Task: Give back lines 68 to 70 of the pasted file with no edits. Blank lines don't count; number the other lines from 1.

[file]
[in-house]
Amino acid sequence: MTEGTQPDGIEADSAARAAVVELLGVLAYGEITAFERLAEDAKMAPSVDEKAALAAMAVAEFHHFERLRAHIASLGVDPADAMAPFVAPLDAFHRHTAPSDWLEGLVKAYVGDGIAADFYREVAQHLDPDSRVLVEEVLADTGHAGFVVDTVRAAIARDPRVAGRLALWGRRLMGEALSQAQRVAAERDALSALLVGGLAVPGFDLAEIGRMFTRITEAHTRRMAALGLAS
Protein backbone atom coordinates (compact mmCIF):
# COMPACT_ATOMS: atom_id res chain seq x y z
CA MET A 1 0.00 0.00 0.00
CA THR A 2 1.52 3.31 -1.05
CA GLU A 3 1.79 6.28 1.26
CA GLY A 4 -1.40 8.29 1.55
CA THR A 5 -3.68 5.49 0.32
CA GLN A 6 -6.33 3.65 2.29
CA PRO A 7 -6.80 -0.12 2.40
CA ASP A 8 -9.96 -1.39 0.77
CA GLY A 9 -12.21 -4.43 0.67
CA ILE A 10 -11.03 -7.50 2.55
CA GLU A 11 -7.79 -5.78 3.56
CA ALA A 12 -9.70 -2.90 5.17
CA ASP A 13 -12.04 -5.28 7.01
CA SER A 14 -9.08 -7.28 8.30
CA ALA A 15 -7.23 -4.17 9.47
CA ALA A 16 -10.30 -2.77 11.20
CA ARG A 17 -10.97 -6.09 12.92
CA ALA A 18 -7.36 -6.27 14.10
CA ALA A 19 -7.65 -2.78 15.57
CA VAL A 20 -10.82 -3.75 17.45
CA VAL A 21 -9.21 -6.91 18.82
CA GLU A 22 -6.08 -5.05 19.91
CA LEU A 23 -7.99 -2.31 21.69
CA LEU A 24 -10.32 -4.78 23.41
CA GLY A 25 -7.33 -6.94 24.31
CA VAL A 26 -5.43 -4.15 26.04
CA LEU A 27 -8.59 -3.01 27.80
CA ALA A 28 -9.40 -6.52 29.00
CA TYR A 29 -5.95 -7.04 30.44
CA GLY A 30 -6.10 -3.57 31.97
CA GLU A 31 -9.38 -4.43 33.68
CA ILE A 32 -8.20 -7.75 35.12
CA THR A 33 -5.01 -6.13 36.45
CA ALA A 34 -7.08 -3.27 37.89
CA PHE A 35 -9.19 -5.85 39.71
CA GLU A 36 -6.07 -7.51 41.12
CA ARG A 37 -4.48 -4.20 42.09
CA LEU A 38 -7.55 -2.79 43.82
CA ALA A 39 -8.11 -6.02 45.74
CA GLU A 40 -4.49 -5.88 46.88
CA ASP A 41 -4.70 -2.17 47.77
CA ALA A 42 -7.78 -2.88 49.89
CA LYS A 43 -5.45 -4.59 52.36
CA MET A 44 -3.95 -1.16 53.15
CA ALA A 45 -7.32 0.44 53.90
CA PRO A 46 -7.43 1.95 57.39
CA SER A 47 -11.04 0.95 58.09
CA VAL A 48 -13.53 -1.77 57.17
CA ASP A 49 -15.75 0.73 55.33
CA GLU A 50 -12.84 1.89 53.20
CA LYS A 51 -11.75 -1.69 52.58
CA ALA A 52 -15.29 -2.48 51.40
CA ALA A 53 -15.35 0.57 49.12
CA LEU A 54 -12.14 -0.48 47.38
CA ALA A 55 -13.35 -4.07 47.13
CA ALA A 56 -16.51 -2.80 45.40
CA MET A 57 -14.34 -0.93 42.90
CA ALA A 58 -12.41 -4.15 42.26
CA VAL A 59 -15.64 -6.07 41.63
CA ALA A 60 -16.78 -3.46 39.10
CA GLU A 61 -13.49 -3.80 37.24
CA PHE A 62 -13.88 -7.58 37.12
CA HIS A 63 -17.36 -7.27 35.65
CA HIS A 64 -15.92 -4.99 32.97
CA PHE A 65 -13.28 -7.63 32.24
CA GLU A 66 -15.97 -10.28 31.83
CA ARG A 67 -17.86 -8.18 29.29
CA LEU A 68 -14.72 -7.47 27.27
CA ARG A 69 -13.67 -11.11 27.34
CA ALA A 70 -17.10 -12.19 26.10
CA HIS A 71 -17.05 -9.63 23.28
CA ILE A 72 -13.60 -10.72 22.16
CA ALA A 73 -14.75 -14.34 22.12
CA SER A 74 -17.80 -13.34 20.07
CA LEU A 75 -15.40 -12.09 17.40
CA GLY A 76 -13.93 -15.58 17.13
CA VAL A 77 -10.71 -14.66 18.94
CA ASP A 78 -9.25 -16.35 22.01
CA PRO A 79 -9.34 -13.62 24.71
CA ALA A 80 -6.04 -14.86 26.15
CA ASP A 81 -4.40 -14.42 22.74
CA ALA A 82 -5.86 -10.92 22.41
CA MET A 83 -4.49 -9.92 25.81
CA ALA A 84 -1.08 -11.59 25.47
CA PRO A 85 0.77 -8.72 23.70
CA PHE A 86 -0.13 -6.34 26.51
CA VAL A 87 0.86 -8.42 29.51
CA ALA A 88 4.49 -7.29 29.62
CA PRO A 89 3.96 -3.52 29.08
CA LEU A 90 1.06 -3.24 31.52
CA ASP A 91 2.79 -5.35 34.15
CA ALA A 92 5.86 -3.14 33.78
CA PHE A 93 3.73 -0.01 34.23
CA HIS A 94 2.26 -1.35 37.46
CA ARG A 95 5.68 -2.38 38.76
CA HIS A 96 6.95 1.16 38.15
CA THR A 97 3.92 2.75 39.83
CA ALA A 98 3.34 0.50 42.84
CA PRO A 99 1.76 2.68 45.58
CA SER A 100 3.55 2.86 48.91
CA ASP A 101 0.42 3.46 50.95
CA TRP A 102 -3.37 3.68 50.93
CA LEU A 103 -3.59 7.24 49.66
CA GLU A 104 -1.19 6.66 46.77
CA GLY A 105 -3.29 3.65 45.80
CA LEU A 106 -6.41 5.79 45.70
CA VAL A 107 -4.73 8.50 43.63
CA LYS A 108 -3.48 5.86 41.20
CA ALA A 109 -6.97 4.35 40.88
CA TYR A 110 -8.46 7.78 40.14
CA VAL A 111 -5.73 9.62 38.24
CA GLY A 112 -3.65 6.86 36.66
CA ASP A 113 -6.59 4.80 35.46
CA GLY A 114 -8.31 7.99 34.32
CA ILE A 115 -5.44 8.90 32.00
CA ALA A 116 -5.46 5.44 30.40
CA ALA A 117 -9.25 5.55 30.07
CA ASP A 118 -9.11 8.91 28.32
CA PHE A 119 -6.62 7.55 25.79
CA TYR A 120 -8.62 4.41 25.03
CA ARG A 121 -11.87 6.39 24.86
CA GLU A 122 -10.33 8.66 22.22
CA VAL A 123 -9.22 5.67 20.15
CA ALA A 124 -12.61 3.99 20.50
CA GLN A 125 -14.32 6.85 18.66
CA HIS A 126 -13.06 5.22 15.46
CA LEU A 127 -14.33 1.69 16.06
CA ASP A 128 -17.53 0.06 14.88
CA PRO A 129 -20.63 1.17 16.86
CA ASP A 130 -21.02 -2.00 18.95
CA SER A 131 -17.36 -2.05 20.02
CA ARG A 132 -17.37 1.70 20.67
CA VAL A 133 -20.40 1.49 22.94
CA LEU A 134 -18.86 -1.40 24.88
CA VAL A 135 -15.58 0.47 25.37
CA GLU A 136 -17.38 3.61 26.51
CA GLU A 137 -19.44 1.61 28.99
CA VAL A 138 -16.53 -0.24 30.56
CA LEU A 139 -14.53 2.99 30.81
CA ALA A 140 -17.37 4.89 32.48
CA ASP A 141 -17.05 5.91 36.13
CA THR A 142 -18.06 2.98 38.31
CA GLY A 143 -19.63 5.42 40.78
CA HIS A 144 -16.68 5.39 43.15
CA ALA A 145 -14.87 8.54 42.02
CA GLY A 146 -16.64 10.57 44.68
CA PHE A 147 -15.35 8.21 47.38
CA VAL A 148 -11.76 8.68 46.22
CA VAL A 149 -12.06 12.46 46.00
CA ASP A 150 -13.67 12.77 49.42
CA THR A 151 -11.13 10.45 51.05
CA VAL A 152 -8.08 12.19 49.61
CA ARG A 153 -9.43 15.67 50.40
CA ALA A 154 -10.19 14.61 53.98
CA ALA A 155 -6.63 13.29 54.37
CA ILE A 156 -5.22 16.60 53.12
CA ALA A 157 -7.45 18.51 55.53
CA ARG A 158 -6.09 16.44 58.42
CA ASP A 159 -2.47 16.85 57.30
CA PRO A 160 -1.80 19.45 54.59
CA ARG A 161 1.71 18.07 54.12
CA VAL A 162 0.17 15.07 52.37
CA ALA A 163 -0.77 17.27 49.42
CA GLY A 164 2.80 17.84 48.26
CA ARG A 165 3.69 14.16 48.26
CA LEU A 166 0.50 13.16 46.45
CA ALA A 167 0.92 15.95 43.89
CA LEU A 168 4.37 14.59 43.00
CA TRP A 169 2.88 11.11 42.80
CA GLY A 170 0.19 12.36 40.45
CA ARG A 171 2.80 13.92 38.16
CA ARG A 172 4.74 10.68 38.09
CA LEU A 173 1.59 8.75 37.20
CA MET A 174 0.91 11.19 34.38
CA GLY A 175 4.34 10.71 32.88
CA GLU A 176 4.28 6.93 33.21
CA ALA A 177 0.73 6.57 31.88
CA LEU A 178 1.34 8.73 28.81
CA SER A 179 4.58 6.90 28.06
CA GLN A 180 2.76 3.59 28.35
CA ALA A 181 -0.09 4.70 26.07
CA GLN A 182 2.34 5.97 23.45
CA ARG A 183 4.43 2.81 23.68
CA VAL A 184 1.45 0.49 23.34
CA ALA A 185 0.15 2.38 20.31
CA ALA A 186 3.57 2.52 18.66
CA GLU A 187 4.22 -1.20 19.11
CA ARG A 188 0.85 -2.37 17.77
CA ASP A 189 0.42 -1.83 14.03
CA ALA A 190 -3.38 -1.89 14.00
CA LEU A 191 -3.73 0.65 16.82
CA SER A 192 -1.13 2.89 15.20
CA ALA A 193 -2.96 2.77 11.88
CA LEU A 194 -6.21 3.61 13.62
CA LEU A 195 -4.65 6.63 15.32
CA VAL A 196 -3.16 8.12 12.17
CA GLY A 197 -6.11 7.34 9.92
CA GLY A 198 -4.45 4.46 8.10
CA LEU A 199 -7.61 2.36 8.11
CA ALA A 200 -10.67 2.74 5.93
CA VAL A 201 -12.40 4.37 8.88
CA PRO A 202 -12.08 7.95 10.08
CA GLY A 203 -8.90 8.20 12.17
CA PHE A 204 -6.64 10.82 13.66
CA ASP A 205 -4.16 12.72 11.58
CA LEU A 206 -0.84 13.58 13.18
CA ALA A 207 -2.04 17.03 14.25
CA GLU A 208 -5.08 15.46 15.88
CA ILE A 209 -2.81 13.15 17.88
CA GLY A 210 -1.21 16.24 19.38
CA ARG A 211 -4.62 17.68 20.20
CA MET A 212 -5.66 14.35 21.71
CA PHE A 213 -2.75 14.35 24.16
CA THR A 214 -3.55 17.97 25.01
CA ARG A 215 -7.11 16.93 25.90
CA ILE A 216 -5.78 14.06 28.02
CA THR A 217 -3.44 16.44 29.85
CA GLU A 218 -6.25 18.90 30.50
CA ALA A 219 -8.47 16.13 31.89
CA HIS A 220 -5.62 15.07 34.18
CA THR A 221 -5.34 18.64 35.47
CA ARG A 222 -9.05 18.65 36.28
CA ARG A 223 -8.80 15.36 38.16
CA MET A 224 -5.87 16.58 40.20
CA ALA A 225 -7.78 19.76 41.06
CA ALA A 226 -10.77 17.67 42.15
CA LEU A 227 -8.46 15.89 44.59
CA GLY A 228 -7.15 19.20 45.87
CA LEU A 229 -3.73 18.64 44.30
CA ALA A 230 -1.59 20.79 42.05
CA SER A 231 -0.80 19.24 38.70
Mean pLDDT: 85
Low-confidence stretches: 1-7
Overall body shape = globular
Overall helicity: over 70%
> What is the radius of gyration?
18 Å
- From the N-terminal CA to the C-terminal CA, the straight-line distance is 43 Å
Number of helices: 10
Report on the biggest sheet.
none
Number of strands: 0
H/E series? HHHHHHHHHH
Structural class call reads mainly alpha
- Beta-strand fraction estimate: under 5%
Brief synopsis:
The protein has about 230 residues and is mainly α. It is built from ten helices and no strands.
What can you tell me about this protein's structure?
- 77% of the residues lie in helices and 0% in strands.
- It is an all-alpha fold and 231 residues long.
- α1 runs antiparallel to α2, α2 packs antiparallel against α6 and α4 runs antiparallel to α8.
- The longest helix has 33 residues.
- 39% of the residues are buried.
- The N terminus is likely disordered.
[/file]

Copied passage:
CA HIS A 64 -15.92 -4.99 32.97
CA PHE A 65 -13.28 -7.63 32.24
CA GLU A 66 -15.97 -10.28 31.83